This kind of analysis looks like a step in the right direction:
According to the team’s analysis, seven states, including Arkansas, Georgia, Idaho, and Kansas, all had similar laws on the books. Similar bills were being considered in states like Maryland and Oregon, and had already died in Florida and Minnesota. In total, very similar bills had been introduced 73 times around the country. The video below shows one of the earliest examples showed up in South Carolina in 2010.
Like a plagiarism detector, the prototype can detect similar language in different bills. Yet unlike in a college class, this isn’t always a bad thing. “We avoided using the word plagiarism,” says Joe Walsh, an assistant professor at the University of Chicago and mentor to the Data Science for Social Good team. “If a bill can save lives, I would want that bill passed all 50 states.”
(Via The Right Coast.)
4 thoughts on “When Lobbyists Write Legislation, This Data Mining Tool Traces The Paper Trail”
So what. If a law is a good idea, then other states can and should copy it. If it is a bad idea, its a bad idea even if it is original.
Currently, it is too costly for most voters to obtain the information needed to evaluate legislation, so they don’t try — rational ignorance. The one thing voters can easily see is the name of a bill, and many bad laws with misleading names get passed.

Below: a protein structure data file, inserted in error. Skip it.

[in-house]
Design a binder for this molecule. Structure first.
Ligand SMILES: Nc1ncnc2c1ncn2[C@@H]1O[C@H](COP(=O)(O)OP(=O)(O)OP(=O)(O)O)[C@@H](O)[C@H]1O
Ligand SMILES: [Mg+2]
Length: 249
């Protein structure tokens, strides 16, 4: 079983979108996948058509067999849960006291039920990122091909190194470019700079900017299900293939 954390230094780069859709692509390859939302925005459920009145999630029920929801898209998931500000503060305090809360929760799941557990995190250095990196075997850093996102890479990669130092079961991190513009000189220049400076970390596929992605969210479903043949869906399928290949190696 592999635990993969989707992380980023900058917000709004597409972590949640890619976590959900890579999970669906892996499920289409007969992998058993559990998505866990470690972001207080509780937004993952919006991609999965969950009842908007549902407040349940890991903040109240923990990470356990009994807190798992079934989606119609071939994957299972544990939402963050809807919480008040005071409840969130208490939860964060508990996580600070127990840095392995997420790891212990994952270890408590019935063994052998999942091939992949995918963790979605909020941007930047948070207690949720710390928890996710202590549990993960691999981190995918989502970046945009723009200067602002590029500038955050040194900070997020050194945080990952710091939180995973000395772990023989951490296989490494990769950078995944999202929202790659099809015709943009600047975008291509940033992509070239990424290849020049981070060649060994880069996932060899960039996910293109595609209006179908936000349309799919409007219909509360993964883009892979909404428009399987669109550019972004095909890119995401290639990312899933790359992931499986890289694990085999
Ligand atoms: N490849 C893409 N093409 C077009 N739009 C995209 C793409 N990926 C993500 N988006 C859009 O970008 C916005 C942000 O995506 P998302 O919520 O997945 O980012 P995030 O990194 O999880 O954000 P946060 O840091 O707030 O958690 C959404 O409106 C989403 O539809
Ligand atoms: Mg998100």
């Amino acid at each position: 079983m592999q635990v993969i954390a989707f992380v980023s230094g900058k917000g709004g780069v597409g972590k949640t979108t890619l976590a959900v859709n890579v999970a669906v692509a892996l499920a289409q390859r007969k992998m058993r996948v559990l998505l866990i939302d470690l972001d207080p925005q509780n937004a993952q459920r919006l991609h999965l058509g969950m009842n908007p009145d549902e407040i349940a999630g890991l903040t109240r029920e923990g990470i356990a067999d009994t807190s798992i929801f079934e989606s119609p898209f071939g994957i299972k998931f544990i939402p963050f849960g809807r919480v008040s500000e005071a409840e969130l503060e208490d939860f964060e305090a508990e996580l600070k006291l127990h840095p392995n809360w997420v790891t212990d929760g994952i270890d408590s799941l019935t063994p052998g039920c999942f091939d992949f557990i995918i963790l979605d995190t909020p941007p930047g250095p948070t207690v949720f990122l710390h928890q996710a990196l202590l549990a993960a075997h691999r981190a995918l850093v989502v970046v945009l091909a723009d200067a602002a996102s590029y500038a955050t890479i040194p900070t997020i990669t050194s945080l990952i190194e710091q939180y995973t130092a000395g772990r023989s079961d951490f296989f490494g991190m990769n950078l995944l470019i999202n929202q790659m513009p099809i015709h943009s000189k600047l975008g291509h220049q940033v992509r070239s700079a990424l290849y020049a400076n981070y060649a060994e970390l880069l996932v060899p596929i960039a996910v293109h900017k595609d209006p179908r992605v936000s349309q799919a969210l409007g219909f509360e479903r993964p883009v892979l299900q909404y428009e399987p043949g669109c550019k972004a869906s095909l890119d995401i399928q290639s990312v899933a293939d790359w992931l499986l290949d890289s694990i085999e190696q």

Data mining that revealed the preferences of political insiders would make it easier, perhaps much easier, for interested voters to figure out what is really driving a bill. I don’t see any downside to making this kind of information more readily available.
>> I don’t see any downside to making this kind of information more readily available.
I agree. But transparency is why the politicos will immediately move to make that information inaccessible.
How are they going to do that? Bills are public. Even if they block public access to bills before votes, the resulting laws are public and thus subject to textual analysis that can help to ID who was behind what. Maybe the committee staff will start rewriting the drafts lobbyists submit to them, but that probably won’t happen much, because of the amount of work required.
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